• Ideas: You can’t protect an idea, but you can protect the expression of it. For example, Vodafone can’t stop people from using speech marks, however they can stop people copying their logo and the surrounding expression of it
  • Facts and discoveries: A scientist who’s found a new form of life can’t patent it because discovery is not an act of ownership. However, if they create a new form of life, it can be

Misconceptions about copyright

It is often assumed copyright ownership is automatically transferred to whoever has paid for whatever has been created. This is incorrect. If you buy a painting from an artist, you own the painting and can enjoy it for personal use and sell it if you wish. But you do not own the copyright or the rights to exploit the artwork commercially, such as selling by postcards the artwork.

The artist retains ownership of copyright and you must negotiate permission along with a fee to use the work beyond personal use. This is similar to a buying a photographic image from an online photo library; you select the image and use it according to the terms of the licence.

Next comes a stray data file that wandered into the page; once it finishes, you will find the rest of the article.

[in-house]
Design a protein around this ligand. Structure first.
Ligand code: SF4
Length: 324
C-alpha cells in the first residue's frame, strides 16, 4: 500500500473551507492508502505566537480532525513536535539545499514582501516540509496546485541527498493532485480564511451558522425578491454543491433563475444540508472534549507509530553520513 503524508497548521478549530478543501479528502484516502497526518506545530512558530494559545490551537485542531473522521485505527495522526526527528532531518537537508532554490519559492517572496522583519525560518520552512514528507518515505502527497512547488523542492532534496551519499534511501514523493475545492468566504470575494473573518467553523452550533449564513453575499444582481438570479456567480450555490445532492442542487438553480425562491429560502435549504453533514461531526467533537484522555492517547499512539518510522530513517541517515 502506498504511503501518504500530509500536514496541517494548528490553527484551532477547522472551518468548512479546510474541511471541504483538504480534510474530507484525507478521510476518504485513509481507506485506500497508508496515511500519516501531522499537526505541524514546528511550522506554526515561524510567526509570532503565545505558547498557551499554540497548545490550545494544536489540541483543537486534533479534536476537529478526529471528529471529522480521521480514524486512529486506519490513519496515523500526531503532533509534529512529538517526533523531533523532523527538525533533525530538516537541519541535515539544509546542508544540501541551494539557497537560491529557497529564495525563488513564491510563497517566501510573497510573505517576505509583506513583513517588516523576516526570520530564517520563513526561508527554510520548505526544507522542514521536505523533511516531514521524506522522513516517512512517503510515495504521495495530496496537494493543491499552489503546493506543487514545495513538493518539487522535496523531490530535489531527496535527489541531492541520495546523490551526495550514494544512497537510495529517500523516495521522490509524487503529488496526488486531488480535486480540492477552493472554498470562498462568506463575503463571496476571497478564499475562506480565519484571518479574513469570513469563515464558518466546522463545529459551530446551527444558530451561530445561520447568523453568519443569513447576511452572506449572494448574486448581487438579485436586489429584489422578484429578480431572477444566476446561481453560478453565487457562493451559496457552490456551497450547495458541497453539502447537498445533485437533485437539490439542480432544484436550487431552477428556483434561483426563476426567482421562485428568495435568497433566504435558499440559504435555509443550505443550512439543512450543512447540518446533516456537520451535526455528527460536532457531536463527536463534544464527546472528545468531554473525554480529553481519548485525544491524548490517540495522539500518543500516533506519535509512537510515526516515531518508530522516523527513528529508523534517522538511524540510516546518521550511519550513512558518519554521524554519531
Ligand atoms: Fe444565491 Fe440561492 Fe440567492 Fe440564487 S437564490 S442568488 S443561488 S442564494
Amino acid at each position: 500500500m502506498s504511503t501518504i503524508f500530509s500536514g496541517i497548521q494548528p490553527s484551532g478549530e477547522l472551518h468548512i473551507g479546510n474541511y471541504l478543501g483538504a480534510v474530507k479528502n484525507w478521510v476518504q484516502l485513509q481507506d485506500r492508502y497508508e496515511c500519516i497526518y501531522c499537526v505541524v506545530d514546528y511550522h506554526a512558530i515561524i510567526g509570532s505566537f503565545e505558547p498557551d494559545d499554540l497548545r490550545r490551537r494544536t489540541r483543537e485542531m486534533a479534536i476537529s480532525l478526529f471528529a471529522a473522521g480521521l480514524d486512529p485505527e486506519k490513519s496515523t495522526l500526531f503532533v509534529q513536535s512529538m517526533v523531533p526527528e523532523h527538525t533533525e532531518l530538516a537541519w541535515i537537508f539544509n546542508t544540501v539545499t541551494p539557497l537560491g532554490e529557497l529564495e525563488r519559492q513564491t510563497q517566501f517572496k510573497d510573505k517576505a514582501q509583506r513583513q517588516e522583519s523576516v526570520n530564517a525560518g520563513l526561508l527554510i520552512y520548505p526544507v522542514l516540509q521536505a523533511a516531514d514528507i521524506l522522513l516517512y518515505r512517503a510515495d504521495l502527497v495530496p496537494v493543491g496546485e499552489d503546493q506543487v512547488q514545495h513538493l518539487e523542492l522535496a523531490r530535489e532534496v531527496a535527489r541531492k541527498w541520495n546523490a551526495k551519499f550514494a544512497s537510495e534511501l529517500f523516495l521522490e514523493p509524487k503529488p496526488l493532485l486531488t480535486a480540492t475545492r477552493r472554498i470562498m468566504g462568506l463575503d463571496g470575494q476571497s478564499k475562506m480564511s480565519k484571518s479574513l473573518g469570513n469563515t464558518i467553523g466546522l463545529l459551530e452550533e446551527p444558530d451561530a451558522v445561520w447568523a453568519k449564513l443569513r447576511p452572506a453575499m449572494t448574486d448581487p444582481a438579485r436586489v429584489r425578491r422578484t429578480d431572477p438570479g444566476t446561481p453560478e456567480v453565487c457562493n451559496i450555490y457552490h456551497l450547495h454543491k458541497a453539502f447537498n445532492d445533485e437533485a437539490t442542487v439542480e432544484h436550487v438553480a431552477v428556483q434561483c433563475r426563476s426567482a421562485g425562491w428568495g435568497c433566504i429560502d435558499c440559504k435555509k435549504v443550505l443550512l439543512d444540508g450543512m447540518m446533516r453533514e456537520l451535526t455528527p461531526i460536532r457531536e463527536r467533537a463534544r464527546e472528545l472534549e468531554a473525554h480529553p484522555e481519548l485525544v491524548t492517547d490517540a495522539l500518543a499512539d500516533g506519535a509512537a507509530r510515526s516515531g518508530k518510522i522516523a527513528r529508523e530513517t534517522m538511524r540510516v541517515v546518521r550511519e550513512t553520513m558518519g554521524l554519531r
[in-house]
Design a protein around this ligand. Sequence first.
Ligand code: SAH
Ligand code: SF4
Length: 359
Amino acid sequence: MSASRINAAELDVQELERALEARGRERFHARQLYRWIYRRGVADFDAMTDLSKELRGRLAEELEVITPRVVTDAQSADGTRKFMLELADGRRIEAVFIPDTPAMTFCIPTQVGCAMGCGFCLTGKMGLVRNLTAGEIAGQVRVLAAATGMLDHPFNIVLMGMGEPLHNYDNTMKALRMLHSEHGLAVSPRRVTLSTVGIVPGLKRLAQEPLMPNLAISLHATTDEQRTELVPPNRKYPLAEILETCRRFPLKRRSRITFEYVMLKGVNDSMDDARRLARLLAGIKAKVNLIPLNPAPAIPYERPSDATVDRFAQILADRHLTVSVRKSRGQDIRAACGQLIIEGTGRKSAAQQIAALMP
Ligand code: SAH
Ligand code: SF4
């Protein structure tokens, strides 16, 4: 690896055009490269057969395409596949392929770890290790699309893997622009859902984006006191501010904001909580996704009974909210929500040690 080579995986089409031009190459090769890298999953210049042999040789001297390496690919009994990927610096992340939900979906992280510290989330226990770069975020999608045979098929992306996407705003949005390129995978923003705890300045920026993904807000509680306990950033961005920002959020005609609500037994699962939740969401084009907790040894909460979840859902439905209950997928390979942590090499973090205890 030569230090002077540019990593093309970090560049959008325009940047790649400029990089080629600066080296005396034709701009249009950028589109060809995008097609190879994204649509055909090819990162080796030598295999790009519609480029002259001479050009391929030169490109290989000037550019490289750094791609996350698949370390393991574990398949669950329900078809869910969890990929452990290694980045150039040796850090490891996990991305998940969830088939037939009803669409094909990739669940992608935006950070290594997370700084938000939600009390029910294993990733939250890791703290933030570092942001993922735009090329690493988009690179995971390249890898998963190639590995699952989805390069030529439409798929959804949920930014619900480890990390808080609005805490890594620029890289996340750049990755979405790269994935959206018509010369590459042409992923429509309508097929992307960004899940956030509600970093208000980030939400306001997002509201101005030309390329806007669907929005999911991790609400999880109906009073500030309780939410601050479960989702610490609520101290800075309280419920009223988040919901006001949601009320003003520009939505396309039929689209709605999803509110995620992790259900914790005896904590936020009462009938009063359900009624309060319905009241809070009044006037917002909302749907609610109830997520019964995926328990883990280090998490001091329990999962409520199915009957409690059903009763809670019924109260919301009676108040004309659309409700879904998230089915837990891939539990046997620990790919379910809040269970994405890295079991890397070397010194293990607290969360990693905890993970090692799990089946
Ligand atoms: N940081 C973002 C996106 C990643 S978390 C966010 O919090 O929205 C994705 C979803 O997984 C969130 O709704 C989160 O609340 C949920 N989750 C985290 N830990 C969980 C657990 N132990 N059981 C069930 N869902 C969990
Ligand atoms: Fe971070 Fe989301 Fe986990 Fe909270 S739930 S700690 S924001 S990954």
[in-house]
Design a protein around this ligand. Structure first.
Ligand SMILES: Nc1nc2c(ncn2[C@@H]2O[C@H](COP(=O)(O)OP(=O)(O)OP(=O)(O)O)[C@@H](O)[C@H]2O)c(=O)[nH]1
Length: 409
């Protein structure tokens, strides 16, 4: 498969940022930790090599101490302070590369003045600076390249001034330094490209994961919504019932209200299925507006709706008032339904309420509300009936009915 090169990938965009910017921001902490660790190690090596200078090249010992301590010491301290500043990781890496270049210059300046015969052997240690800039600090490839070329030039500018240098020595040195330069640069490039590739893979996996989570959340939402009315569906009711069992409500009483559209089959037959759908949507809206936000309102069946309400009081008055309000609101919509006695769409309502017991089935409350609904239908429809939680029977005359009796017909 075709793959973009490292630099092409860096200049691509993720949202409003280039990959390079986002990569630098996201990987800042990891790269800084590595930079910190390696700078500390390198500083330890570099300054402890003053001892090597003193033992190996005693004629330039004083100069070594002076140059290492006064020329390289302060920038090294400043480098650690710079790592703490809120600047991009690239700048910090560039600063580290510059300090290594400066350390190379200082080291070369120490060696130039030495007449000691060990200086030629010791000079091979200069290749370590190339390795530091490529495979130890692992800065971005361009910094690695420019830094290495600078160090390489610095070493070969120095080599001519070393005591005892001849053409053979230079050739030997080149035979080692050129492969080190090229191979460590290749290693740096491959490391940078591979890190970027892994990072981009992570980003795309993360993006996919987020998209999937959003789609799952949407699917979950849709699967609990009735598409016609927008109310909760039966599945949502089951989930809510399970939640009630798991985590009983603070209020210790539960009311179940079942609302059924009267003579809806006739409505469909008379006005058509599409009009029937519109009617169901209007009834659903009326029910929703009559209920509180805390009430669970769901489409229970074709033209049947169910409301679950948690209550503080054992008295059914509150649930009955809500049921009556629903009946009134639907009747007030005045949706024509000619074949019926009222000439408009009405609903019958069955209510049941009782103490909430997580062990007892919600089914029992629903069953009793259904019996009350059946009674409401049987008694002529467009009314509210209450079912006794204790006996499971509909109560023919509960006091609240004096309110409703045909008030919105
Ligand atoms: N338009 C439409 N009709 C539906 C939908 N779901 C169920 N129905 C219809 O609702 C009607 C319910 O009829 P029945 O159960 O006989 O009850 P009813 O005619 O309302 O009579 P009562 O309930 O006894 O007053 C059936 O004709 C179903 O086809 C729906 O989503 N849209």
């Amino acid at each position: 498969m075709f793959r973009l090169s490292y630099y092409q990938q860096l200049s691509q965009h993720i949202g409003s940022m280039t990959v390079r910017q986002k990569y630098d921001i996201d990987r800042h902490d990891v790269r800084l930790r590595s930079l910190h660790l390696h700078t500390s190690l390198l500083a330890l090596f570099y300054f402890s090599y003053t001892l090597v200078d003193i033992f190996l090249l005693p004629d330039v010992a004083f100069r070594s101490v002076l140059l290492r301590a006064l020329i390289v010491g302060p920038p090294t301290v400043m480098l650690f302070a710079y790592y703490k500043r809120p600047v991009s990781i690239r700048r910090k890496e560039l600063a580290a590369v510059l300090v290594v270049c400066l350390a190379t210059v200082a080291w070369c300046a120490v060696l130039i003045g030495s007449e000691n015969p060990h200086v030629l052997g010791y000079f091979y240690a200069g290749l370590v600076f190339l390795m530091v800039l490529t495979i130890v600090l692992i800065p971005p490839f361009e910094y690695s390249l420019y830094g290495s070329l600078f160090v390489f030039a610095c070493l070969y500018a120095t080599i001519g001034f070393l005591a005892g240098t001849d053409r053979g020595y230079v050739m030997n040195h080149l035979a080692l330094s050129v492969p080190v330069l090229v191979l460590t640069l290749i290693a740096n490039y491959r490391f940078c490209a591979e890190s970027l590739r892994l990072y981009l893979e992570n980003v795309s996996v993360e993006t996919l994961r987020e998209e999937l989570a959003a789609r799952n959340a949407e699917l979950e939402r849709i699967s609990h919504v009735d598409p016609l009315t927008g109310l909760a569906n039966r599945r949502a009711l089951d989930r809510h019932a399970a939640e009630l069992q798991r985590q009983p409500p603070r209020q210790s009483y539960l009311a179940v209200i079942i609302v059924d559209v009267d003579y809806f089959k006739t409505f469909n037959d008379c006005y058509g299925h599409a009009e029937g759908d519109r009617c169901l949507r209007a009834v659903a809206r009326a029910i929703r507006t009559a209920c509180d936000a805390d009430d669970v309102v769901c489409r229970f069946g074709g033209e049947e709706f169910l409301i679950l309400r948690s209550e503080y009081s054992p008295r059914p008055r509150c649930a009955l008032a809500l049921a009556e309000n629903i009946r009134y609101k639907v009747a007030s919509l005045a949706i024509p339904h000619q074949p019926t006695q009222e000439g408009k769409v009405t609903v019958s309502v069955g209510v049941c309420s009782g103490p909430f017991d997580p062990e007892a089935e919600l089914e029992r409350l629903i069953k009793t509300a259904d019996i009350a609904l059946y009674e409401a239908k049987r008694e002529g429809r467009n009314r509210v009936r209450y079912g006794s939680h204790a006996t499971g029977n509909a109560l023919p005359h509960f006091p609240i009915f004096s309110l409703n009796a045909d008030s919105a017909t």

Transferring copyright ownership

An entity may wish to own the copyright to a piece of work. First, the copyright owner must be willing to transfer ownership and would set a suitable fee for transfer of their property. This fee is typically more substantial than the original fee paid to commission the work. This is because when the creator relinquishes copyright ownership, they lose all rights to how the work can be used and no longer receive any fees, royalties or compensation for the work. Additionally the original owner is then obliged to seek permission (and potentially pay fees) for using the work from the new owner.